Dream-pop Coming Up Roses on Grindcore Band Wormrot as Inspiration

Though it has only been two years, Coming Up Roses has expanded from an acoustic duo into an indie/dream-pop quartet. They are currently working towards their first EP and now is on the final list for Baybeats Budding Bands 2018. And no, they are not named after Keira Knightley’s song.

Each with their own musical backgrounds, be it in classical training such as the piano or even Tap Tap Revenge, they fell in love with the craft enough to enrol themselves in school and pursue their own originals. This commitment even got singer Emily Sia picking up the bass last year.

However, they know of the struggles as Darius Oon (guitarist) puts it simply: “I don’t think that the local acts are inferior to the international ones, I think there is just a lack of knowledge. A lot of the mainstream audience are not aware of local music. There are some, of course, who go to every gig and that’s amazing but in the wider spectrum, many are still not that aware of the local music scene in Singapore.”

And with the closure of Lush 99.5 last year, local tunes played on air are decreasing as well. But when you chance upon a local tune, Bruce Tan (drummer) finds it inspiring.

“Usually I listen to the music first, and not just because they are local. It is just the fact that they are good, as simple as that. And to know that there are people of that caliber in the music scene, I just want to be like them. It is inspiring and puts things into perspective. That you have to work a lot more to be like that,” Bruce shares.

Still, it tends to be the same few bands that get their time on air and on stage. Does this mean that to be successful in some way, your sound will have to follow a certain trend and possibly try to sell out?

Lorenzo Romero (guitarist) weighs in, “No place to judge but if the band’s own creative direction that they wish to change, it is up to them. But I think selling out is an opinionated thing. Nobody can keep going on making the same sound. You wouldn’t really want to listen to the same band sounding the same the entire time. To each their own. If they take mainstream sounds as their own change in style, then go for it. An artist makes music for themselves, and they don’t do it for others.”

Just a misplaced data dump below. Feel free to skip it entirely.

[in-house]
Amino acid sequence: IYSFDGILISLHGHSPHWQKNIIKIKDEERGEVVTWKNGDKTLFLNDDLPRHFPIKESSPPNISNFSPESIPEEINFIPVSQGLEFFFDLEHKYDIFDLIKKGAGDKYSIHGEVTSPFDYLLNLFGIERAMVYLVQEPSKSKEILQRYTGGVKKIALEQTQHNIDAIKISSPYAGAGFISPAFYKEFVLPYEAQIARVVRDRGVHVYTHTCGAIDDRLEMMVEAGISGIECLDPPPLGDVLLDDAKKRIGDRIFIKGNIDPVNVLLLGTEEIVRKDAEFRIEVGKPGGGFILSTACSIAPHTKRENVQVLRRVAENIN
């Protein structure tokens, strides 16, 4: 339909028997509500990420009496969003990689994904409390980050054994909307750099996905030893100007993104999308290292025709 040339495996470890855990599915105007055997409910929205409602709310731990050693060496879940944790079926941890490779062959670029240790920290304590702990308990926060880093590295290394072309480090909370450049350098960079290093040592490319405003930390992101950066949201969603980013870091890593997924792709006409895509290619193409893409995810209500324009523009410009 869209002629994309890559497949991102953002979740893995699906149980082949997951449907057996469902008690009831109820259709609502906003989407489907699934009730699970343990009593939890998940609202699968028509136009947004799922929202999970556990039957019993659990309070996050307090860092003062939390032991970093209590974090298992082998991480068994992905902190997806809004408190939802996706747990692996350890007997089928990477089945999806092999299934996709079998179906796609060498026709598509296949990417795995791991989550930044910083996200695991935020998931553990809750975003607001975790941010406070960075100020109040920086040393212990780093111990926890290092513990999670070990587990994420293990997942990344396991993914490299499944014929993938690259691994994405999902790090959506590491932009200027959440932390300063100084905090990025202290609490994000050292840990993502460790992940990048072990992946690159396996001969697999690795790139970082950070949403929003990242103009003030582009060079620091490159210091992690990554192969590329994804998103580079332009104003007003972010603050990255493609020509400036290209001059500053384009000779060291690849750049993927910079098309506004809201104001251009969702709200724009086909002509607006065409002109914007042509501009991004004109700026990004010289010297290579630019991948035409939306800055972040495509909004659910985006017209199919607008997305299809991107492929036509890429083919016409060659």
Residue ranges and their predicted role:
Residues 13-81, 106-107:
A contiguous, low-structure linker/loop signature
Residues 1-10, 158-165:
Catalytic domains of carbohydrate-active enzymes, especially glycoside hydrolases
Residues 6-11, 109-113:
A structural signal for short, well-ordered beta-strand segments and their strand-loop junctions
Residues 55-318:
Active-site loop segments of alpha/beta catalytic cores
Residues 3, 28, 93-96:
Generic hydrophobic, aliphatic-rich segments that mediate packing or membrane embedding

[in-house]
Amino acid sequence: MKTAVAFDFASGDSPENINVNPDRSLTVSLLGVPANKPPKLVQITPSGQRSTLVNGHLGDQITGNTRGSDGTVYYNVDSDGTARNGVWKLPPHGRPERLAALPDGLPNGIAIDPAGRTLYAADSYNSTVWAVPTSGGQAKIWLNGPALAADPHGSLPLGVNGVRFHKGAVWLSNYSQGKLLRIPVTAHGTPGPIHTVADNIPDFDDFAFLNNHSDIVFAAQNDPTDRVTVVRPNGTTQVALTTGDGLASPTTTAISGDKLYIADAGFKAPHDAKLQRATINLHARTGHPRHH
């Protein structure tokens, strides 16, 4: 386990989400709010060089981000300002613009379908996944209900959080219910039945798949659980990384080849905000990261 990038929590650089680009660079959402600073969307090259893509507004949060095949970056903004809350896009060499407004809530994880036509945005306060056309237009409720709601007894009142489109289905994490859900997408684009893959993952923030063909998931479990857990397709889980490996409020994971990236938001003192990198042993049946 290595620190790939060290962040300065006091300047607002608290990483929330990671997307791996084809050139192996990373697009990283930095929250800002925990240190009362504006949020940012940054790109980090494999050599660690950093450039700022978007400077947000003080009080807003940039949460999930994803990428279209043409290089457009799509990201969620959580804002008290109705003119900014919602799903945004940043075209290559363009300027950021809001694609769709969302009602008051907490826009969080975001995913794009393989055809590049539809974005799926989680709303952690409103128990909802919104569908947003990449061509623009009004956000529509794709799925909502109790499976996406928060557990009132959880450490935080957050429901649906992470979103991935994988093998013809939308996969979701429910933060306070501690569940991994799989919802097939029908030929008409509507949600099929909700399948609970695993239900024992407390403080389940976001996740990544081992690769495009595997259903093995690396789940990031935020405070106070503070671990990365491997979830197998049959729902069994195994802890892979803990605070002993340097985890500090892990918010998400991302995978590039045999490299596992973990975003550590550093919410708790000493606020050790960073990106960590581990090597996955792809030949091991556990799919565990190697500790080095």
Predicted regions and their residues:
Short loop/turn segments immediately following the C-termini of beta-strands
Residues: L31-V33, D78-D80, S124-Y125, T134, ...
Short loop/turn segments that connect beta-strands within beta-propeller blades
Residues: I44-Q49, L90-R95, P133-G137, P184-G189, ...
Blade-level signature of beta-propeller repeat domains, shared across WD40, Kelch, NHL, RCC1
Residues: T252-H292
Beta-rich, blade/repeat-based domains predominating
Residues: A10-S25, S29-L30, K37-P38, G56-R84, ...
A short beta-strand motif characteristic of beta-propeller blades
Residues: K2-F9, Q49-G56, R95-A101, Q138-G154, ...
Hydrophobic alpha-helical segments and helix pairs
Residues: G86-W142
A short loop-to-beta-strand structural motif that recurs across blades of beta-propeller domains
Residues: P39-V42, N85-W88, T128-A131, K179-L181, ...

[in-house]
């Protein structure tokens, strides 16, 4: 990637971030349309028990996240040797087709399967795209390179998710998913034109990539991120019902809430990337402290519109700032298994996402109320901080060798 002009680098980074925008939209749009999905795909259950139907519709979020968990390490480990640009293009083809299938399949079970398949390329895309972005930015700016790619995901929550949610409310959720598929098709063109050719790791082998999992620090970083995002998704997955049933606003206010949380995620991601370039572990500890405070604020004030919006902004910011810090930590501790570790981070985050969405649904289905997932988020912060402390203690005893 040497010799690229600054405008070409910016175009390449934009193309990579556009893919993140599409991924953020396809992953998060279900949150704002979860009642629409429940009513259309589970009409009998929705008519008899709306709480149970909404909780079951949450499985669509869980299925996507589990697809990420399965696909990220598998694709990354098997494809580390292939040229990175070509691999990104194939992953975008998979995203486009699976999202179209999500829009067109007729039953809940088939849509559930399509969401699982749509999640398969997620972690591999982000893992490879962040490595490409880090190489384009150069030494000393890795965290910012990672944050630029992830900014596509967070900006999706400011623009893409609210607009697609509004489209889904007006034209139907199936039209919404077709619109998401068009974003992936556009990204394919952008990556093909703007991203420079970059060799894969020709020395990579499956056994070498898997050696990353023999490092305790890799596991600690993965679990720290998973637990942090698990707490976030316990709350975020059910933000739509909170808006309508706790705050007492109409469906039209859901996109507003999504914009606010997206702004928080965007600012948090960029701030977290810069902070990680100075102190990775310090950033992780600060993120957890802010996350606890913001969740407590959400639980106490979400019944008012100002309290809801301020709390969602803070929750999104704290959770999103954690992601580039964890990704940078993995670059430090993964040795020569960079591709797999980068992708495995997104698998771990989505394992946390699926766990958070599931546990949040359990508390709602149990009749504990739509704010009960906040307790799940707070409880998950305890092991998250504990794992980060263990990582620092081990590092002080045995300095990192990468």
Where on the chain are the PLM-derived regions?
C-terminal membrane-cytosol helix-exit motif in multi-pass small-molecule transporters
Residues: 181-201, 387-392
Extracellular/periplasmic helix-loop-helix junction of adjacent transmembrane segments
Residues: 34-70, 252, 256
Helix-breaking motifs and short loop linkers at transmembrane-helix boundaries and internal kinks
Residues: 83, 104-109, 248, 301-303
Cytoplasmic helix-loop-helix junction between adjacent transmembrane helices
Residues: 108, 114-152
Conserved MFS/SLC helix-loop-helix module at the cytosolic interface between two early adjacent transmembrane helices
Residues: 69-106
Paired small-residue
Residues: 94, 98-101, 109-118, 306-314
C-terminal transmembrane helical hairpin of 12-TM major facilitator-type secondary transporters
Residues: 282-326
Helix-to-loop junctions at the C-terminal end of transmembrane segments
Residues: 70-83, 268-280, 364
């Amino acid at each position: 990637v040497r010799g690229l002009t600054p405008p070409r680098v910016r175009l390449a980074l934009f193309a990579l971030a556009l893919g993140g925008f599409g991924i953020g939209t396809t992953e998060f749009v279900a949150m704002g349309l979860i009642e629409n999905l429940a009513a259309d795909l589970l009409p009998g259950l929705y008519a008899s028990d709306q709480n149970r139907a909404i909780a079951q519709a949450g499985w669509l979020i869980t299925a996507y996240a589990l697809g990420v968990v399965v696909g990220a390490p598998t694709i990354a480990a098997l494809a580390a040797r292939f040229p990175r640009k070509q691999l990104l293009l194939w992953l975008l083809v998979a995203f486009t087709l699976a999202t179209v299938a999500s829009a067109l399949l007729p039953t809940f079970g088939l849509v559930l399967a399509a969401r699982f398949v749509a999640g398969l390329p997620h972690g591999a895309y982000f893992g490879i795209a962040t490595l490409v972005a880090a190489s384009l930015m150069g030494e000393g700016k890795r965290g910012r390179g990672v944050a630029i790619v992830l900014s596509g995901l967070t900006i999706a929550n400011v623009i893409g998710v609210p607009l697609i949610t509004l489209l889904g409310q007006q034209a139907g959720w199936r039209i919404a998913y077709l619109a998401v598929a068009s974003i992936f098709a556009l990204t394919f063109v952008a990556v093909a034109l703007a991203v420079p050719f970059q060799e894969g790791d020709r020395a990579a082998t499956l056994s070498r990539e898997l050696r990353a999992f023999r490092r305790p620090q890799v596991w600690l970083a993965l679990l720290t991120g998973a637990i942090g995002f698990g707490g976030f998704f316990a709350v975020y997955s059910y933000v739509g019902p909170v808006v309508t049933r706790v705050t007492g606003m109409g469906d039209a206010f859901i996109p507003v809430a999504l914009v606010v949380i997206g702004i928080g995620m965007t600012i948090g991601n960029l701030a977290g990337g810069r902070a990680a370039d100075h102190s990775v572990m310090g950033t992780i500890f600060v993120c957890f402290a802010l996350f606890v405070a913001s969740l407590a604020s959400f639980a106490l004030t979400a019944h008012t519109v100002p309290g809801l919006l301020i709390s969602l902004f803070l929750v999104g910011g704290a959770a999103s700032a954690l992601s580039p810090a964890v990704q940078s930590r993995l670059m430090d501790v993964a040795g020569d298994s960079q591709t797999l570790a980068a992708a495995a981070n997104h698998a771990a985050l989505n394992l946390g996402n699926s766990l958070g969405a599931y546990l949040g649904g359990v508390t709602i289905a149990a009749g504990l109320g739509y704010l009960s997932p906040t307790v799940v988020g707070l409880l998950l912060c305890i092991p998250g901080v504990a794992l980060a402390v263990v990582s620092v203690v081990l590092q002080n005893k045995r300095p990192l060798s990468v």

“Sometimes it is also about meeting requirements and having to sell when under labels, for example,” Darius adds.

Popspoken sits down with the Indie/Dream-pop band to learn about their upcoming EP and what to expect on their Baybeats debut.

Popspoken: What prompted the band to expand from an acoustic duo to a quartet?

Coming Up Roses: The main thing that prompted us to expand to a full band was a few songs that we had written that we thought would work better in a band format as opposed to in an acoustic act. While being an acoustic duo was fun, I think we always fancied being a full band and the opportunities that that path would open for us. Furthermore, it gave us a lot more freedom to experiment with our sound and to do things that would not be possible in a simpler acoustic format.

PS: How has it been preparing for your upcoming EP? Any unexpected experiences from the process so far?

C: Preparations for our EP is very much in its formative stages, and we’re mainly deciding which of our originals will be on this release, while recording several demos just to get a better idea of how they sound like in a recorded format as compared to how they sound live. In fact, we’ve even released a demo on Soundcloud to test the ‘waters’ and to see how people would respond to our music.

As far as unexpected experiences go, there aren’t many to talk about, but I do think that there are some valuable things we have learned from recording and from talking to other musicians we know. For example, we’ve consciously been trying to not model the recorded versions of our songs on the way we do them live, whether it’s overdubbed parts we can’t pull off live or some sounds and effects not heard when we play gigs.

PS: Share with us one local band that has inspired you, and why.

C: One local band that has really inspired us is grindcore band Wormrot. This might come as a surprise since our sounds are worlds apart, but we had the pleasure to see them live and we were completely blown away.

Furthermore, they are one of the current Singaporean bands that have actually achieved international acclaim, even getting the chance to play Glastonbury, which we’ll admit is a little bit of a dream of ours as well.

PS: Do you think the music scene is growing? How so?

C: We do believe that the music scene is growing. You can see that there has been a steady increase in the number of bands and the number of gigs in the Singapore music scene and there have been an astounding number of top-notch releases from local artists in recent years.

That being said, there still is much to be done for the local scene, especially in terms of viewership. I think that majority of Singaporeans and perhaps especially the youths in Singapore are not aware of the music scene and subsequently aren’t aware of local bands and music. Hence, the local scene remains relatively indie or underground and not as well placed in the mainstream consciousness as we think it should be.

PS: What can we look forward to for your Baybeats Budding Bands debut?

C: You can look forward to a dynamic performance that tells a story through our lyrics and through different sonic textures. We hope to bring dream pop and indie music to larger audiences and that they would come to appreciate and find interest in it as much as we do.

Coming Up Roses will be playing at this year’s Baybeats Festival that is happening from 17 to 19 August 2018!

They will be on for 17th August 2018, 7pm at the Arena (Esplanade Outdoor Theatre).

Photography credits: Darren ‘Merovign’ Tan

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